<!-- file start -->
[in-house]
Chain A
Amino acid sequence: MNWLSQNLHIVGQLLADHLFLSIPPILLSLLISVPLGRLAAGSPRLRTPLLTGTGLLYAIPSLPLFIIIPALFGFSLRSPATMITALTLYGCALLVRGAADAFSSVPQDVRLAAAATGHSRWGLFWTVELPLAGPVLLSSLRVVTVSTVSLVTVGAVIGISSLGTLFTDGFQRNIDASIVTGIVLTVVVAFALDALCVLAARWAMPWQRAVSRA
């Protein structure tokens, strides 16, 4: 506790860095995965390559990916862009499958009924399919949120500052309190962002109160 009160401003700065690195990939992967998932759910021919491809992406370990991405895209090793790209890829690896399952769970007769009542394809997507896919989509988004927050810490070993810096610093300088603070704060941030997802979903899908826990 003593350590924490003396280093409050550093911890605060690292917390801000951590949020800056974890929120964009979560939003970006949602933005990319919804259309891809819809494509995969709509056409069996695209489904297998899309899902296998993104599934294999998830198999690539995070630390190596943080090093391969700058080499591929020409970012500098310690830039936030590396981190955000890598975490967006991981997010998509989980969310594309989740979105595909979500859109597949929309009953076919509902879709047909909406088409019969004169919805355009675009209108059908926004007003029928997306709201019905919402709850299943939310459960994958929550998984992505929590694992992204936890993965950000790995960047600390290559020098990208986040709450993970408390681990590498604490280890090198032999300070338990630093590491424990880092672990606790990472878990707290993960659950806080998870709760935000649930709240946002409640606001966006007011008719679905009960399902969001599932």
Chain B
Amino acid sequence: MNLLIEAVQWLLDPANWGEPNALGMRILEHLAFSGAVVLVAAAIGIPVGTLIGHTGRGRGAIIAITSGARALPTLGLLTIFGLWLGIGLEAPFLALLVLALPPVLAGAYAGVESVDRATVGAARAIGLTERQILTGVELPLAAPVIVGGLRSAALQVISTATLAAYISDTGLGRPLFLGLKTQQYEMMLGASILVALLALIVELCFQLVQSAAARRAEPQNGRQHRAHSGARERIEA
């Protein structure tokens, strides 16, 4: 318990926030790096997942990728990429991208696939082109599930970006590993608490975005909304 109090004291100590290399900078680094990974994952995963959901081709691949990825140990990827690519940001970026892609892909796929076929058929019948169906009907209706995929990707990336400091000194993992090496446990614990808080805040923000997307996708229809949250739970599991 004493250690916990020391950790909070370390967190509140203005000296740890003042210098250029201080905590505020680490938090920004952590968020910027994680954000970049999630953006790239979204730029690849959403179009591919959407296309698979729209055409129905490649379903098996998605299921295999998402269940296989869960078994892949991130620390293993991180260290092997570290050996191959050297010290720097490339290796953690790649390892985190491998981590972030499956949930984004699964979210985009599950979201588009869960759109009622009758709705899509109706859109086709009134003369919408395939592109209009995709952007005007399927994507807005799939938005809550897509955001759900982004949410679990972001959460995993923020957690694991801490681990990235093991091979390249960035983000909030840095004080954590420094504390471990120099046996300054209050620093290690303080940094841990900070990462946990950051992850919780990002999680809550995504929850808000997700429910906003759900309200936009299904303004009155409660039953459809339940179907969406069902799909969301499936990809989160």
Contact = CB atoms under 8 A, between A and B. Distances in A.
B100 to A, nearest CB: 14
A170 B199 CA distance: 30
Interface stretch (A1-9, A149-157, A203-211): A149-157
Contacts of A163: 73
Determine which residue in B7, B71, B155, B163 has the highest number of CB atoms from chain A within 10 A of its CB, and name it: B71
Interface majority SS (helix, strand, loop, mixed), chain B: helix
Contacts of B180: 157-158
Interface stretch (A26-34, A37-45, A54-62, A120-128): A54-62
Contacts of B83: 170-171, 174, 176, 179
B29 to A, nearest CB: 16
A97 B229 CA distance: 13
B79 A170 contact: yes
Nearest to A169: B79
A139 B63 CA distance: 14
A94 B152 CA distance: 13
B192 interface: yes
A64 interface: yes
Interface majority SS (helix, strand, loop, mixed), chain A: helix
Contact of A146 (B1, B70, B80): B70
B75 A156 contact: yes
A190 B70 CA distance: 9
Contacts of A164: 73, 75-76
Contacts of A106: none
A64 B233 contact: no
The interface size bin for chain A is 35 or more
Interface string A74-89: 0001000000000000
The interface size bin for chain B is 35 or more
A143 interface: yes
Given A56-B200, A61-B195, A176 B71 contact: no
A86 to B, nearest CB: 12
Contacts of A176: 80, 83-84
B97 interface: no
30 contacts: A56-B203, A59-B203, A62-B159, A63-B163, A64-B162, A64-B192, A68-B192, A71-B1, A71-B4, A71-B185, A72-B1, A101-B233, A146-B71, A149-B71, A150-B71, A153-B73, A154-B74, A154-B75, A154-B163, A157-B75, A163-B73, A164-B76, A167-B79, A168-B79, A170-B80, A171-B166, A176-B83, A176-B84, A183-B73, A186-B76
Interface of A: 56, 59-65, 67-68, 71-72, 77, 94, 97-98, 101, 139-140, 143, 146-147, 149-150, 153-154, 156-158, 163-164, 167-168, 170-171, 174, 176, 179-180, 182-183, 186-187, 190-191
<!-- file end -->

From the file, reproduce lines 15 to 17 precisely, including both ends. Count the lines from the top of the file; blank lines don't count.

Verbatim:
Contacts of B180: 157-158
Interface stretch (A26-34, A37-45, A54-62, A120-128): A54-62
Contacts of B83: 170-171, 174, 176, 179